OPEX VS CAPEX
One of the most attractive features of public cloud computing is the ability to amortise the costs of major capital expenditure over a large number of customers. By removing the need for massive capital investment, public cloud options remove the peaks and troughs from budget and move expenditure to the more responsive operational side. This change allows agencies to be more responsive to changing pressures and demands and has much to recommend it.
On the other hand, of course, once the capital base is removed, reconstituting it becomes very difficult. Justification for large, new lumpy investment is hard to establish. In turn, this reduces agency options and, to some extent, their ability to control their destiny. While we accepted this in the production of electricity over 100 years ago, the commodity future of computing is, understandably, yet to be established.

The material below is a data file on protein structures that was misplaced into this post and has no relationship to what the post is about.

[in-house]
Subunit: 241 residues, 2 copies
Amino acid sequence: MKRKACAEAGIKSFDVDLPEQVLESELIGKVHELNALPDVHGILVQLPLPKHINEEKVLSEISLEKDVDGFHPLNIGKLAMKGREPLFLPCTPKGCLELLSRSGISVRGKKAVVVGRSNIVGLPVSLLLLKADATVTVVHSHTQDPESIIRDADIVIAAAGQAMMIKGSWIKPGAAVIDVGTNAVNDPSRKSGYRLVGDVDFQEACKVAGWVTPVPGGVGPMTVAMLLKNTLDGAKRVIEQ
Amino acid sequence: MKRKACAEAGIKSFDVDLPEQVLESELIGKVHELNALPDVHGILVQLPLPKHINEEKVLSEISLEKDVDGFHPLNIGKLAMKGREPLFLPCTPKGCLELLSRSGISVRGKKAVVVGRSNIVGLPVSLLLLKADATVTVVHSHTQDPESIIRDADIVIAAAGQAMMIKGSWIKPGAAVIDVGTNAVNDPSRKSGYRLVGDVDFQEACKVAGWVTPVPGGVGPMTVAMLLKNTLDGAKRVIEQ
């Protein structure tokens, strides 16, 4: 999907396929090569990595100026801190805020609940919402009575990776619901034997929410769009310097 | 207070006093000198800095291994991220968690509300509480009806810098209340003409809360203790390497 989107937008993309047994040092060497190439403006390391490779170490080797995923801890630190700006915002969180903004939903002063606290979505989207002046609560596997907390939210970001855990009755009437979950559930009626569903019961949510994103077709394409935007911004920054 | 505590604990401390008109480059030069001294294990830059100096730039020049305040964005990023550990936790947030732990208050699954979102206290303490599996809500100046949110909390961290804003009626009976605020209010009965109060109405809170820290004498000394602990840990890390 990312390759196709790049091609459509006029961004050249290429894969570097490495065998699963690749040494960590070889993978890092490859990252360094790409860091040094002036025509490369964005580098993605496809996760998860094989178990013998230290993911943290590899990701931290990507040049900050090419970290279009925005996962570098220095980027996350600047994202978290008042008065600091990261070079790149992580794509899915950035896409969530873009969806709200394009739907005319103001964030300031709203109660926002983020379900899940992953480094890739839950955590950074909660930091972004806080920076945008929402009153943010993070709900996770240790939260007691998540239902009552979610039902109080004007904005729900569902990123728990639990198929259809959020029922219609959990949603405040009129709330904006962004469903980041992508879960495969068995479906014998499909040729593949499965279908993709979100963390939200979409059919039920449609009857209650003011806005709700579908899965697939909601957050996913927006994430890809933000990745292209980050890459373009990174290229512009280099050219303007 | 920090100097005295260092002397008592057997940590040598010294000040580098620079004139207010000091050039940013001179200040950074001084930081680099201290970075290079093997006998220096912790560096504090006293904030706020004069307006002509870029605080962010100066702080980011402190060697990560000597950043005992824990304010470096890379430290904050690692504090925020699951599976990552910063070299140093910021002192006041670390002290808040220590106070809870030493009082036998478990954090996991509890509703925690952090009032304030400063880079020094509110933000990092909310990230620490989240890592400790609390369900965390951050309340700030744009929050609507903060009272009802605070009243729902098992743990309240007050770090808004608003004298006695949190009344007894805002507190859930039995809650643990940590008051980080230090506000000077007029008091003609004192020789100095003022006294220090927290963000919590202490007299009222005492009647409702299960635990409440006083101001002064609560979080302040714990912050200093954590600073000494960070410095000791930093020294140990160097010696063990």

An example of one potential future is the manner in which we have invested in major ERP solutions. Once chosen and deployed, an ERP solution is difficult to change. While options exist, and the licensing costs aren’t the most significant, the cost of churn, for no capability gain creates a form of inertia that is very hard to overcome.
To really gain the benefits of public cloud computing, we need widely accepted standards so that mobility between providers is not just possible but practical.